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American Chronicle Book Cover

FDU Professor Chronicles the Century

In celebration of the millennium, Yale University Press has just published American Chronicle: Year by Year Through the Twentieth Century by Lois Gordon, professor of English, and her husband, Alan Gordon, a psychiatrist. Essayist Roger Rosenblatt has written an introduction.

“Like most Americans, we feel blessed to live in this country,” says Prof. Gordon. She likes to quote founding father John Adams: “America was designed by Providence for the theater on which man was to make his true figure, on which science, virtue, liberty, happiness and glory were to exist in peace.”

Her book, 1,000 pages long and with more than 1,000 photos, is a unique year-by-year record of American life since 1900. In a highly readable and browsable form, it presents the significant news, radio, television, movie, popular and classical music, theater, art, dance, literary, science and technology, sports and fashion highlights. In addition, facts and figures, headlines, quotes, ads, fads, firsts and anecdotes round-out each year, along with lively, comprehensive decade introductions.

Gordon says, “The century was immensely rich and varied — a time of great energy and productivity, as well as often fierce struggle for the ideals of human liberty. This was the era of American ascendancy, when America not only took a leading role on the world stage but also staked its claim to pre-eminence in the arts and sciences — in the various arenas of human endeavor.”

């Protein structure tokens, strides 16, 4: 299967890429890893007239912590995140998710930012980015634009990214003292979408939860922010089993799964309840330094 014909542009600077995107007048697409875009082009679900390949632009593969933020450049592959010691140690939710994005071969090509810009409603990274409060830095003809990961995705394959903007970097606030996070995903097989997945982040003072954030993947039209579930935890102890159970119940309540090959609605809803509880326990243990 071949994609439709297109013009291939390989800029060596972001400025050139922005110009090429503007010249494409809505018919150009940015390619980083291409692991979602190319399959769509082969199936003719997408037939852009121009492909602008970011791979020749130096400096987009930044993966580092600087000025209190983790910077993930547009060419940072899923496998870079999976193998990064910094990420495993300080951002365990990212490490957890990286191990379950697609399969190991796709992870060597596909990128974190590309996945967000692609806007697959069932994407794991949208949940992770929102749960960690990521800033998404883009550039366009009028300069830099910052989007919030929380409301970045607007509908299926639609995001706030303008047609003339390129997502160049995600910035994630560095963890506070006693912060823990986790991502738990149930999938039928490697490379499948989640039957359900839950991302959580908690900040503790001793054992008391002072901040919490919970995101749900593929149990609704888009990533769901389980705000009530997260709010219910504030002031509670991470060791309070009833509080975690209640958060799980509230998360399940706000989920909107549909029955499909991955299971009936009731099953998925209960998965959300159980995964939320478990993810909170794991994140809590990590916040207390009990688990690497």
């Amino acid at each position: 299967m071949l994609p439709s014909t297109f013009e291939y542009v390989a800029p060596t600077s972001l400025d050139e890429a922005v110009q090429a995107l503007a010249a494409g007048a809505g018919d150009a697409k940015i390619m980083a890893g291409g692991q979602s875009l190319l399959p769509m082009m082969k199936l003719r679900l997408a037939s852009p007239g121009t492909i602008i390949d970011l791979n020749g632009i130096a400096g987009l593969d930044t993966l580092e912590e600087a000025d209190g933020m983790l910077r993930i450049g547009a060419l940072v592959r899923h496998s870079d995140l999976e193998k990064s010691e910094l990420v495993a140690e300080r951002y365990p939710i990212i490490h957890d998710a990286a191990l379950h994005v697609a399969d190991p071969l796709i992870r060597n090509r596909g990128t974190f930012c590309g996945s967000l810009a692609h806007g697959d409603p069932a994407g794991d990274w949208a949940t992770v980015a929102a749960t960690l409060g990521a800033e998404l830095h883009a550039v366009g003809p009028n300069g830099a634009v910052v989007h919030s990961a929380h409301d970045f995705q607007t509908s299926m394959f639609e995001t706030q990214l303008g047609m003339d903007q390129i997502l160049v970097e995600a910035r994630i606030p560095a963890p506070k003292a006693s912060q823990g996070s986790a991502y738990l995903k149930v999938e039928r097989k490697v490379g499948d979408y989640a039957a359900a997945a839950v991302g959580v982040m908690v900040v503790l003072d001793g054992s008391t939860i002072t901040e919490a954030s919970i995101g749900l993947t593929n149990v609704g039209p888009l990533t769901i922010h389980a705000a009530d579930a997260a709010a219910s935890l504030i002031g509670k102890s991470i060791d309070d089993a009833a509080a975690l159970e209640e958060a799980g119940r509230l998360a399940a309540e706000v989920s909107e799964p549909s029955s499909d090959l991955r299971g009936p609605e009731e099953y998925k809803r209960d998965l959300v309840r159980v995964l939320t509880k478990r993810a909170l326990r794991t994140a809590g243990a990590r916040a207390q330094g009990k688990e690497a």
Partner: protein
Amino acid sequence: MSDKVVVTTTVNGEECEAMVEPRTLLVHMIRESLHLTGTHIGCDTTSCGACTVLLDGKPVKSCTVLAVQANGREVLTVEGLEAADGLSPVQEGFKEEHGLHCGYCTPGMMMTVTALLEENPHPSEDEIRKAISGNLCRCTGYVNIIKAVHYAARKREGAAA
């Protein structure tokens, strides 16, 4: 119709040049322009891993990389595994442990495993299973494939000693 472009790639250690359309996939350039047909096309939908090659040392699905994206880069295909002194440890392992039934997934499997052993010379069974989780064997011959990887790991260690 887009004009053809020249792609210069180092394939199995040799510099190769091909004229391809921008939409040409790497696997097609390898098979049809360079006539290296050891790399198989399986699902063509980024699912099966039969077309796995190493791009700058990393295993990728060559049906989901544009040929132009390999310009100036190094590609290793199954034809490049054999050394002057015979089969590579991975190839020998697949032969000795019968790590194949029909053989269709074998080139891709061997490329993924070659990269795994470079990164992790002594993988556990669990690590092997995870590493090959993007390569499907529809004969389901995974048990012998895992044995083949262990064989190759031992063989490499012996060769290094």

“In virtually
all fields
of human endeavor,
this has been
the American century. ”
— Lois Gordon

The section on the ’50s runs the gamut from Joe McCarthy, “I Like Ike” and the Salk vaccine to the “Man in the Gray Flannel Suit” (who gave his well-girdled wife the rewards of glittering new appliances and mambo lessons, and who followed the decade’s buttoned-down mores), and Oscar Levant’s quip, “I knew Doris Day before she was a virgin.”

“Our hope in writing the book,” says Gordon, was “to convey the flowering of America and the unique imprint of each year. We hoped to evoke, enrich and expand the contexts in which most Americans, their parents and their grandparents have lived their lives. We hoped to create an American diary, as well as the diary of each one of us.”

In response to the question of what was most significant during the century, Gordon says, “The following comes to mind: scientific advances in medicine (antibiotics, vaccines); physics (relativity, atomic structure, space exploration and observation, the microchip); technology (cars, planes, nuclear weapons, space ships); communication (radio, movies, television, cyberspace); biochemistry (genetic engineering, cloning); political events (the triumph of the American way: democracy, free-market economics, social welfare and equal rights initiatives); social trends (increasing gender and racial equality, widespread availability of information and entertainment — the global village); and the creation of uniquely American art forms (the majestic skyscraper, jazz, rock, abstract expressionism, pop art, musical theater). In virtually all fields of human endeavor, this has been the American century.”

American Chronicle has been chosen as a History Book-of-the-Month Club selection.

Return to “Faculty Look at the Century”

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